Professor Nancy Kanwisher
Department of Brain and Cognitive Sciences, McGovern Institute for Brain Research,
Massachusetts Institute of Technology, Cambridge, Massachusetts, USA

Title: "Functional Imaging of the Human Brain: A Window into the Architecture of the Mind"

Abstract: The last 20 years of brain imaging research has revealed the functional organization of the human brain in glorious detail, including a set of cortical regions each of which is specifically engaged in a particular mental task, like recognizing faces, perceiving speech sounds, and understanding the meaning of a sentence. Each of these regions is present, in approximately the same location, in every normal person. This initial rough sketch of the functional organization of the brain counts as real progress, giving us a kind of diagram of the major components of the human mind. But at the same time it is just the barest beginning. Really what our new map of the human brain offers is a vast landscape of new questions. In this talk I will describe recent work into three such questions. First, do some patches of cortex really play a highly specific causal role in processing just one class of stimuli? Second, I will describe ongoing work into a newly discovered cortical specialization for music, including the role of musical training in this specialization, and intracranial data showing selectivity for vocal music in particular. Third, I will discuss the developmental origins of cortical specificity, including an ongoing study asking whether face selectivity can be found in the ventral visual pathway in congenitally blind people.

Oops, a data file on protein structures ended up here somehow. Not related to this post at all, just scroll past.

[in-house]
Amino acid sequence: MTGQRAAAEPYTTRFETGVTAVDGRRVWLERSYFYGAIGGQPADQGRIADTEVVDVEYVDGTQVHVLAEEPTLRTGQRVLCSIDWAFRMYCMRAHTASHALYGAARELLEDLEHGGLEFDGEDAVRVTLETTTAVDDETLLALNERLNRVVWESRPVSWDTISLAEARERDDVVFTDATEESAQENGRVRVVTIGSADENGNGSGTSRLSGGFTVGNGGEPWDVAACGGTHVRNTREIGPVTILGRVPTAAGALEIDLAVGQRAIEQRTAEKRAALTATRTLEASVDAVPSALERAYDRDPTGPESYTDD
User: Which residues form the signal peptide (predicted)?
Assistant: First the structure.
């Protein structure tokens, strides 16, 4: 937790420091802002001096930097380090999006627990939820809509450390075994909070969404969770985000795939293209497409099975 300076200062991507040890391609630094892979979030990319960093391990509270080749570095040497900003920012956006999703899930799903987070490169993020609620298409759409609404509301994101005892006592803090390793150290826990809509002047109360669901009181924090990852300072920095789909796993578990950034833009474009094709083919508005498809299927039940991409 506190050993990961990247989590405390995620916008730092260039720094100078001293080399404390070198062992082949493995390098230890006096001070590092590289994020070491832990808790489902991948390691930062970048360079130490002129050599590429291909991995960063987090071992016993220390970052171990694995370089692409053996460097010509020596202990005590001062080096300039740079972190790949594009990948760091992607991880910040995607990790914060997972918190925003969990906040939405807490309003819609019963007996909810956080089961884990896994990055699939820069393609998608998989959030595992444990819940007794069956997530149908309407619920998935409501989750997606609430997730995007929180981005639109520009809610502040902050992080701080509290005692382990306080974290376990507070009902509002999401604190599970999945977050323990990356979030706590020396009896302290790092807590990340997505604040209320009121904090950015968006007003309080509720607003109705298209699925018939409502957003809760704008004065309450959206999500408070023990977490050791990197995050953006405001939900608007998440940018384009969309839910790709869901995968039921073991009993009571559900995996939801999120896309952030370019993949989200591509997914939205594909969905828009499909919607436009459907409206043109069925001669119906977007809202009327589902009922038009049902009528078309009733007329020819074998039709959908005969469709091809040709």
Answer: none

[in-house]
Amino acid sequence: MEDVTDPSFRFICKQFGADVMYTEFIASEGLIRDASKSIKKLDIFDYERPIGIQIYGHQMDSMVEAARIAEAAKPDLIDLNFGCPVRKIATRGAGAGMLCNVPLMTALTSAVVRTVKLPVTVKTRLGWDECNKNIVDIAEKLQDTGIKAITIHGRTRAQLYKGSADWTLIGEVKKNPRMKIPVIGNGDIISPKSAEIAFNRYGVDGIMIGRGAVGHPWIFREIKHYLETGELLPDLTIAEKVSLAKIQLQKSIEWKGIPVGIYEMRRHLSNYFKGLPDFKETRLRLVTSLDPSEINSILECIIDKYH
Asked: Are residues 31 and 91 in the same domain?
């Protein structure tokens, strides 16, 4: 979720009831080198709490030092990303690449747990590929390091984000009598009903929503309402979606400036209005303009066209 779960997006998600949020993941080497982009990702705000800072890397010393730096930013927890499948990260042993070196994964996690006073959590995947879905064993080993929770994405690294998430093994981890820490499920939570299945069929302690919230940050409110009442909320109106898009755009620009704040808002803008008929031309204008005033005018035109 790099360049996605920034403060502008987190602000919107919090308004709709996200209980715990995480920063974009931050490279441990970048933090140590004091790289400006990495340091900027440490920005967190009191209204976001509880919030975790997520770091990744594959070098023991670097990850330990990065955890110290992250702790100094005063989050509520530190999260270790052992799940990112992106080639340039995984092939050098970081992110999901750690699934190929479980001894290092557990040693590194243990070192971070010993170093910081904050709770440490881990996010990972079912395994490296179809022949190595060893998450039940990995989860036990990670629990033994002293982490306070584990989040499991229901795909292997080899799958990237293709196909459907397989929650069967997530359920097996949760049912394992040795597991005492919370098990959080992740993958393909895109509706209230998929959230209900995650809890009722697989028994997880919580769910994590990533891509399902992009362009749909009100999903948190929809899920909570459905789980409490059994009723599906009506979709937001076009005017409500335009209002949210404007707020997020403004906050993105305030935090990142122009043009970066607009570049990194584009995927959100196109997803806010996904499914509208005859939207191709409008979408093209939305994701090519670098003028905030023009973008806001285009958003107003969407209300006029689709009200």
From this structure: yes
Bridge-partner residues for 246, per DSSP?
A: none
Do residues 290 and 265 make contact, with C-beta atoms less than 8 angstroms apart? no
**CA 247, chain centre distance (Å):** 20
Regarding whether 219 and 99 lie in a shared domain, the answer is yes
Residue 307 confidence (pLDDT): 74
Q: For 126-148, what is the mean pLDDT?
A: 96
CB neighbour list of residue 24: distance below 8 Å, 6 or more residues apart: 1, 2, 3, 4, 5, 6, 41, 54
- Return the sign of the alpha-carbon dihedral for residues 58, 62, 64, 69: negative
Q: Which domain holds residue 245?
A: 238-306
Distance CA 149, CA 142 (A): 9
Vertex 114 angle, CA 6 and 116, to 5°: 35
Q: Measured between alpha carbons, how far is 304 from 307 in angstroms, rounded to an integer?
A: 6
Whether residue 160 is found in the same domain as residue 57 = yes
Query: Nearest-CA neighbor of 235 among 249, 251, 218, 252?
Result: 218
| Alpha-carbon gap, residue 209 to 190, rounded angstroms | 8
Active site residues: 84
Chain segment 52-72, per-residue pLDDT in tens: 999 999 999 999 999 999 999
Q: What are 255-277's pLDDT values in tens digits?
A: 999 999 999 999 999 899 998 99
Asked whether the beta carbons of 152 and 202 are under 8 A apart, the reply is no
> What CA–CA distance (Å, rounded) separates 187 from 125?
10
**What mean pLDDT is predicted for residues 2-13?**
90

About Neuroscience Seminars

Neuroscience seminars at the QBI play a major role in the advancement of neuroscience in the Asia-Pacific region. The primary goal of these seminars is to promote excellence in neuroscience through the exchange of ideas, establishing new collaborations and augmenting partnerships already in place.

Seminars in the QBI Auditorium are held on Wednesdays at 12-1pm, which are sometimes simulcast on Zoom (with approval from the speaker). We also occassionally hold seminars from international speakers via Zoom. The days and times of these seminars will vary depending on the time zone of the speaker. Please see each seminar listed below for details. 


Neuroscience Seminars archive 2005-2018